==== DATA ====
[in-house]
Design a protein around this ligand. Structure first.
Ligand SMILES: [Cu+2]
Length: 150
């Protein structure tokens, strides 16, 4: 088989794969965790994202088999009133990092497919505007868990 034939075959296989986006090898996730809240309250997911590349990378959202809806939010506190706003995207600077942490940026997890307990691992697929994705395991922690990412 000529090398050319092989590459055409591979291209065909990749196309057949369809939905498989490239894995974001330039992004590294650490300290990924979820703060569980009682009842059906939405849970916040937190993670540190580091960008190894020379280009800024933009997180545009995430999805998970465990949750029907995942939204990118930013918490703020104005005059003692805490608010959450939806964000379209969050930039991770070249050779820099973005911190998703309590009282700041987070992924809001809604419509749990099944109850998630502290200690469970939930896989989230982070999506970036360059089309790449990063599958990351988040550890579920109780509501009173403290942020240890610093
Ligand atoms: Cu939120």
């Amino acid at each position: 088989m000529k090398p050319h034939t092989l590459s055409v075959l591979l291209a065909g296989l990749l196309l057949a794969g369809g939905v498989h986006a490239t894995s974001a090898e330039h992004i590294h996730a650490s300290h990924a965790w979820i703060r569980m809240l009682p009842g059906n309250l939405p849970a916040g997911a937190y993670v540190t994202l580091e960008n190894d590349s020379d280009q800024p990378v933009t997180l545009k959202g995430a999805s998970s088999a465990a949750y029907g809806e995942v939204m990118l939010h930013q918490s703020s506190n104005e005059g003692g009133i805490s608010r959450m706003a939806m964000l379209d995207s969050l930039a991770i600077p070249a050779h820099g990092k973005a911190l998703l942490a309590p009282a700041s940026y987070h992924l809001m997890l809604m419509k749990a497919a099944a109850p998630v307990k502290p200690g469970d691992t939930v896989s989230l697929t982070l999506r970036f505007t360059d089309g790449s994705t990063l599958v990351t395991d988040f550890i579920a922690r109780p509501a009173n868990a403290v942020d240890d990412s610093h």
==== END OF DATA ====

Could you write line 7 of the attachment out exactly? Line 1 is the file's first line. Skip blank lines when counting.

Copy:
């Amino acid at each position: 088989m000529k090398p050319h034939t092989l590459s055409v075959l591979l291209a065909g296989l990749l196309l057949a794969g369809g939905v498989h986006a490239t894995s974001a090898e330039h992004i590294h996730a650490s300290h990924a965790w979820i703060r569980m809240l009682p009842g059906n309250l939405p849970a916040g997911a937190y993670v540190t994202l580091e960008n190894d590349s020379d280009q800024p990378v933009t997180l545009k959202g995430a999805s998970s088999a465990a949750y029907g809806e995942v939204m990118l939010h930013q918490s703020s506190n104005e005059g003692g009133i805490s608010r959450m706003a939806m964000l379209d995207s969050l930039a991770i600077p070249a050779h820099g990092k973005a911190l998703l942490a309590p009282a700041s940026y987070h992924l809001m997890l809604m419509k749990a497919a099944a109850p998630v307990k502290p200690g469970d691992t939930v896989s989230l697929t982070l999506r970036f505007t360059d089309g790449s994705t990063l599958v990351t395991d988040f550890i579920a922690r109780p509501a009173n868990a403290v942020d240890d990412s610093h």